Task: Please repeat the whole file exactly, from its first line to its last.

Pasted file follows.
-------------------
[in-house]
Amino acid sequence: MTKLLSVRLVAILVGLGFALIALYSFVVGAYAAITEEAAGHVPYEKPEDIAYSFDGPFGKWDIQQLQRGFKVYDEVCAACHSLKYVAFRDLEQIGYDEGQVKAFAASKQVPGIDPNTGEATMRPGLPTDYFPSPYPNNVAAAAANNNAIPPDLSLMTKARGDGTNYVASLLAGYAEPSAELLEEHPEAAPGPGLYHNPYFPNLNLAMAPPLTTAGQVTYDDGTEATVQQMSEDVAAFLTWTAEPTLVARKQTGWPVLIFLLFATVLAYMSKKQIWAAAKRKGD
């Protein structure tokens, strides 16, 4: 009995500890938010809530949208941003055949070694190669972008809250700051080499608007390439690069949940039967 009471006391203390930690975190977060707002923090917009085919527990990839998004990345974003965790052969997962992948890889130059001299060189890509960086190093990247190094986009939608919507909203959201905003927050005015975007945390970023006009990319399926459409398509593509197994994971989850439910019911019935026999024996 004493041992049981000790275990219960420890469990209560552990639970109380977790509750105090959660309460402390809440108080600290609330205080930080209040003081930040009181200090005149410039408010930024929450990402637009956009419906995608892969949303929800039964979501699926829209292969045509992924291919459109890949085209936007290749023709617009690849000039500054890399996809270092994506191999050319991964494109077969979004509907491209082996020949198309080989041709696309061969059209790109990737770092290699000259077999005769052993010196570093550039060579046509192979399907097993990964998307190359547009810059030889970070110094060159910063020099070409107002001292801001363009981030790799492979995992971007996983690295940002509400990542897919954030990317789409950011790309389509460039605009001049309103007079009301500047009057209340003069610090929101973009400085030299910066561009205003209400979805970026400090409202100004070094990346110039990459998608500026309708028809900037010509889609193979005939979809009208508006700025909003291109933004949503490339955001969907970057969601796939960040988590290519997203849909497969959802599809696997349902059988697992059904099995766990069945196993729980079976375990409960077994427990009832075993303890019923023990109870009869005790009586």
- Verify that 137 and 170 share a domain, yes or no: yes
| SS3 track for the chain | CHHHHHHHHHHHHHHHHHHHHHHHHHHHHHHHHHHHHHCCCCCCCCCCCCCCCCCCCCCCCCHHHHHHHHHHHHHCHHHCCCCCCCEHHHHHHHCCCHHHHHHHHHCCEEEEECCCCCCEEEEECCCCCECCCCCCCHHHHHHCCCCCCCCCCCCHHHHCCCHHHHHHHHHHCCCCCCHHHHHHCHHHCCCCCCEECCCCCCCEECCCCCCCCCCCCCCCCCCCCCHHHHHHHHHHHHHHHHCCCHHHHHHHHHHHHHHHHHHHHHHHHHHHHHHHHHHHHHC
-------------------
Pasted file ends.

[in-house]
Amino acid sequence: MTKLLSVRLVAILVGLGFALIALYSFVVGAYAAITEEAAGHVPYEKPEDIAYSFDGPFGKWDIQQLQRGFKVYDEVCAACHSLKYVAFRDLEQIGYDEGQVKAFAASKQVPGIDPNTGEATMRPGLPTDYFPSPYPNNVAAAAANNNAIPPDLSLMTKARGDGTNYVASLLAGYAEPSAELLEEHPEAAPGPGLYHNPYFPNLNLAMAPPLTTAGQVTYDDGTEATVQQMSEDVAAFLTWTAEPTLVARKQTGWPVLIFLLFATVLAYMSKKQIWAAAKRKGD
């Protein structure tokens, strides 16, 4: 009995500890938010809530949208941003055949070694190669972008809250700051080499608007390439690069949940039967 009471006391203390930690975190977060707002923090917009085919527990990839998004990345974003965790052969997962992948890889130059001299060189890509960086190093990247190094986009939608919507909203959201905003927050005015975007945390970023006009990319399926459409398509593509197994994971989850439910019911019935026999024996 004493041992049981000790275990219960420890469990209560552990639970109380977790509750105090959660309460402390809440108080600290609330205080930080209040003081930040009181200090005149410039408010930024929450990402637009956009419906995608892969949303929800039964979501699926829209292969045509992924291919459109890949085209936007290749023709617009690849000039500054890399996809270092994506191999050319991964494109077969979004509907491209082996020949198309080989041709696309061969059209790109990737770092290699000259077999005769052993010196570093550039060579046509192979399907097993990964998307190359547009810059030889970070110094060159910063020099070409107002001292801001363009981030790799492979995992971007996983690295940002509400990542897919954030990317789409950011790309389509460039605009001049309103007079009301500047009057209340003069610090929101973009400085030299910066561009205003209400979805970026400090409202100004070094990346110039990459998608500026309708028809900037010509889609193979005939979809009208508006700025909003291109933004949503490339955001969907970057969601796939960040988590290519997203849909497969959802599809696997349902059988697992059904099995766990069945196993729980079976375990409960077994427990009832075993303890019923023990109870009869005790009586």
- Verify that 137 and 170 share a domain, yes or no: yes
| SS3 track for the chain | CHHHHHHHHHHHHHHHHHHHHHHHHHHHHHHHHHHHHHCCCCCCCCCCCCCCCCCCCCCCCCHHHHHHHHHHHHHCHHHCCCCCCCEHHHHHHHCCCHHHHHHHHHCCEEEEECCCCCCEEEEECCCCCECCCCCCCHHHHHHCCCCCCCCCCCCHHHHCCCHHHHHHHHHHCCCCCCHHHHHHCHHHCCCCCCEECCCCCCCEECCCCCCCCCCCCCCCCCCCCCHHHHHHHHHHHHHHHHCCCHHHHHHHHHHHHHHHHHHHHHHHHHHHHHHHHHHHHHC